WEISSACH, Germany — Porsche will position the Taycan below the brand's Panamera sedan when the electric four-door sports car reaches markets next year, with a likely starting price above €80,000 (about $92,500).
"We're expecting a price somewhere between a Cayenne and a Panamera," said Robert Meier, the complete vehicle model line director for the Taycan.
Including taxes, that would place the vehicle between $86,300 and $104,600 for its base version of the car in Germany.
However, Porsche CFO Lutz Meschke told reporters that he wants to offer higher-performance versions that could be priced as much as roughly $230,800, such as a Taycan Turbo S.
The Taycan's two permanently excited synchronous electric motors, supplied by Italy's Magneti Marelli, will produce more than 600 hp and accelerate the vehicle from 0 to 62 mph in less than 3.5 seconds. The Taycan aims to be the fastest series production electric car around Germany's Nordschleife racetrack, with a lap time of less than 8 minutes.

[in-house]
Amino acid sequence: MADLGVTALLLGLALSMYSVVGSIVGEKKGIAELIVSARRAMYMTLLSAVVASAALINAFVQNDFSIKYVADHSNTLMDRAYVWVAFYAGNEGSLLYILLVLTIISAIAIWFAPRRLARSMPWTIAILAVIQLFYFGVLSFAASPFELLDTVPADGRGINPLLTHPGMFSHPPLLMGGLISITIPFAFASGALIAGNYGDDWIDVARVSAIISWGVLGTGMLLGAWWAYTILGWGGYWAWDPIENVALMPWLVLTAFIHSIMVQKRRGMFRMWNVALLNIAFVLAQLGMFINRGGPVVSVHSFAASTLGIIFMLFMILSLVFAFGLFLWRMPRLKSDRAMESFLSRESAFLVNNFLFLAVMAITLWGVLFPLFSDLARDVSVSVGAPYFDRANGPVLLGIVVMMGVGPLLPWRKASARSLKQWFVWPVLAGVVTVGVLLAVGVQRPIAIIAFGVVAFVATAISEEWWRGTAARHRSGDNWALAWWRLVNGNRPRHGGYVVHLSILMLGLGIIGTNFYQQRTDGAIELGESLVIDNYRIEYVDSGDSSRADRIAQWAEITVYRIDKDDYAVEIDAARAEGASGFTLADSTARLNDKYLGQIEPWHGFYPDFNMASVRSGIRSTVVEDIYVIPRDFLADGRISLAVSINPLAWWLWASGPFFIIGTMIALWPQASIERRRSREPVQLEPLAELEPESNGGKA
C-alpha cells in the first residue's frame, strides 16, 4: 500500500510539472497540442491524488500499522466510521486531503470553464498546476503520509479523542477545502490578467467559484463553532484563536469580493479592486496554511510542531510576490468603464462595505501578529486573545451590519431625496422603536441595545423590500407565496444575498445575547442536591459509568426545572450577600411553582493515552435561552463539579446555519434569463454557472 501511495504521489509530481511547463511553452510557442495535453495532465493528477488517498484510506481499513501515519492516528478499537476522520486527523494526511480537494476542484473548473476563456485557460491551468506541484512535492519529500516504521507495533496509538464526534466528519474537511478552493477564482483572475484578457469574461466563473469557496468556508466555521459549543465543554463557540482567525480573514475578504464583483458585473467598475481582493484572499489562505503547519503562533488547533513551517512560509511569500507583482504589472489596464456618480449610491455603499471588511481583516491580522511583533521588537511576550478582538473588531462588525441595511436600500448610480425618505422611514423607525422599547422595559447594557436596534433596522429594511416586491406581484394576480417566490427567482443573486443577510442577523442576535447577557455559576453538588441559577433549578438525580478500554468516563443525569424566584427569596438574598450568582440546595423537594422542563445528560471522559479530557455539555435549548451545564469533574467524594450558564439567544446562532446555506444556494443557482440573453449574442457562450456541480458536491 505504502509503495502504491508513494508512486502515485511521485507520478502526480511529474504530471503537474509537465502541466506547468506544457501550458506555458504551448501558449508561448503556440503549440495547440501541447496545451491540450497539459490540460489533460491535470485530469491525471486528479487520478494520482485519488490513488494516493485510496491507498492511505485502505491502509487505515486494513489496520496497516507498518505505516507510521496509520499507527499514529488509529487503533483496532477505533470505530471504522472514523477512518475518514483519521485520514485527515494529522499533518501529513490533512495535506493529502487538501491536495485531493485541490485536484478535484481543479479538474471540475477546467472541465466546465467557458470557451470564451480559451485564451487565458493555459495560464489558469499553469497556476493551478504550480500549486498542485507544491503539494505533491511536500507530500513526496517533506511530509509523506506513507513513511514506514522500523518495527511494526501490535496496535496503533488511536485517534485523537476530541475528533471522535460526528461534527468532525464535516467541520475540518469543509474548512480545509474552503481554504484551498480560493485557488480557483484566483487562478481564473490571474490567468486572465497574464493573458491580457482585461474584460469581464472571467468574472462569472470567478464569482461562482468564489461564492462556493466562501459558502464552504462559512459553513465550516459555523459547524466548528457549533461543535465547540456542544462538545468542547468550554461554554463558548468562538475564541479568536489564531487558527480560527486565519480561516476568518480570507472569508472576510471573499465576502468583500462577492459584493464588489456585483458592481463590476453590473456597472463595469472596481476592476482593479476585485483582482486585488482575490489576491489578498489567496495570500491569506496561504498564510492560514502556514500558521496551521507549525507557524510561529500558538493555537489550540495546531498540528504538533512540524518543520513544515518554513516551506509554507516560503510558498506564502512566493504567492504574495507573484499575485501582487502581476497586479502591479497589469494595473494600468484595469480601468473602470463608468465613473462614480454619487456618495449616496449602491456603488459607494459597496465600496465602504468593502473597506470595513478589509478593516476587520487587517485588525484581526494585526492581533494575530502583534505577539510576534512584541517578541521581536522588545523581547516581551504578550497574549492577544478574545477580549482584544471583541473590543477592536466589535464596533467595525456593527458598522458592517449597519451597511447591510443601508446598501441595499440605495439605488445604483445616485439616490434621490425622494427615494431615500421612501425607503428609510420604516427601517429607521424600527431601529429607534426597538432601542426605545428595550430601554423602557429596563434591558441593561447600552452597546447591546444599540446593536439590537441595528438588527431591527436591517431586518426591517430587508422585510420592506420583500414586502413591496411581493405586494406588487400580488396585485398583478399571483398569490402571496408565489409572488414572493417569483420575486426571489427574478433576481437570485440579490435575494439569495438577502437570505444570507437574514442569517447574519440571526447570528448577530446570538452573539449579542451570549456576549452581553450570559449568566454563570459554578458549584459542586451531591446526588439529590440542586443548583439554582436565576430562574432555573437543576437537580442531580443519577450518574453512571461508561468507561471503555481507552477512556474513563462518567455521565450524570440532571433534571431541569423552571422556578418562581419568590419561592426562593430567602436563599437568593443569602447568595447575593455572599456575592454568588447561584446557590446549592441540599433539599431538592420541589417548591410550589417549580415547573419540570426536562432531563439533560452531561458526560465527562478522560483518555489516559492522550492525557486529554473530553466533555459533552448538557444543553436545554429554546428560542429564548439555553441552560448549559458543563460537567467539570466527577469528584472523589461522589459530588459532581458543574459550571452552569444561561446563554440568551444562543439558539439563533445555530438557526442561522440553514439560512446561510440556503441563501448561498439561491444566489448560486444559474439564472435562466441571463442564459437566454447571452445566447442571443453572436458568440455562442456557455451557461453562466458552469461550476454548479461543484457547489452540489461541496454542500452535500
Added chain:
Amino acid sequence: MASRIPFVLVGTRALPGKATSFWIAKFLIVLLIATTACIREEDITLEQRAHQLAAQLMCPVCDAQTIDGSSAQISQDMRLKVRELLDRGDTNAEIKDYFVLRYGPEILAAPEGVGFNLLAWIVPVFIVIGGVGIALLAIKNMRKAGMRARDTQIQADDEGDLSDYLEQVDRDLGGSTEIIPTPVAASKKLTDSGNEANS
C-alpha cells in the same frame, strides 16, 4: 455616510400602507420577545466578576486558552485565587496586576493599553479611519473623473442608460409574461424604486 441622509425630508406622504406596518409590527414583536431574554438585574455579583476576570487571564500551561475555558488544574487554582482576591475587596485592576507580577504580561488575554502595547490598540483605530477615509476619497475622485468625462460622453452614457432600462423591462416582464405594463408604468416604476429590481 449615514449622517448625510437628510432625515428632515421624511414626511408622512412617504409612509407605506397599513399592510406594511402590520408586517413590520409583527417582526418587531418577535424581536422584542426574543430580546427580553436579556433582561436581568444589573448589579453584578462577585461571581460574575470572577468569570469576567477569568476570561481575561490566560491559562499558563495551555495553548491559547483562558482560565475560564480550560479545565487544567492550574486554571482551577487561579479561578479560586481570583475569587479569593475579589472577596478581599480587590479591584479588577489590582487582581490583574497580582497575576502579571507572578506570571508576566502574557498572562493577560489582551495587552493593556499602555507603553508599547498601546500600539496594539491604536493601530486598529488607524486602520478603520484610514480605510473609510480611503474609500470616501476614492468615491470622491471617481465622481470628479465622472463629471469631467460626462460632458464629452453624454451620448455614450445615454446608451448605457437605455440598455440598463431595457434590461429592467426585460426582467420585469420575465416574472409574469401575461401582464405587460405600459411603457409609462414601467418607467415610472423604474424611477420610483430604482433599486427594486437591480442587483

"Asynchronous e-motors are clearly more affordable, but they have one very important disadvantage: You can only overload the motor once when you want high dynamic acceleration before it quickly reaches its limits the second or third time," Meier said. "That's fine for most electric cars but not for a high-performance Porsche."
The 800-volt lithium ion battery, built by Dräxlmaier Group outside Stuttgart, is composed of "pouch" cells sourced from LG Chem of Korea in a specific power-to-energy ratio that balances the needs of range with those of performance.
Together, the roughly 400 battery cells have a gravimetric energy density equivalent to 270 watt-hours per kilogram, roughly comparable to the latest technology on the market today.
The Taycan will be able to drive more than 310 miles on a single charge under the New European Driving Cycle. Once drained, the battery needs only about 4 minutes to add a further 62 miles in range when using a 350-kW fast-charging station. By comparison, Porsche estimates a Tesla requires two and a half times that duration.
Porsche expects to build 20,000 Taycans a year on two shifts, but production boss Albrecht Reimold said a third shift could be added if more capacity is needed.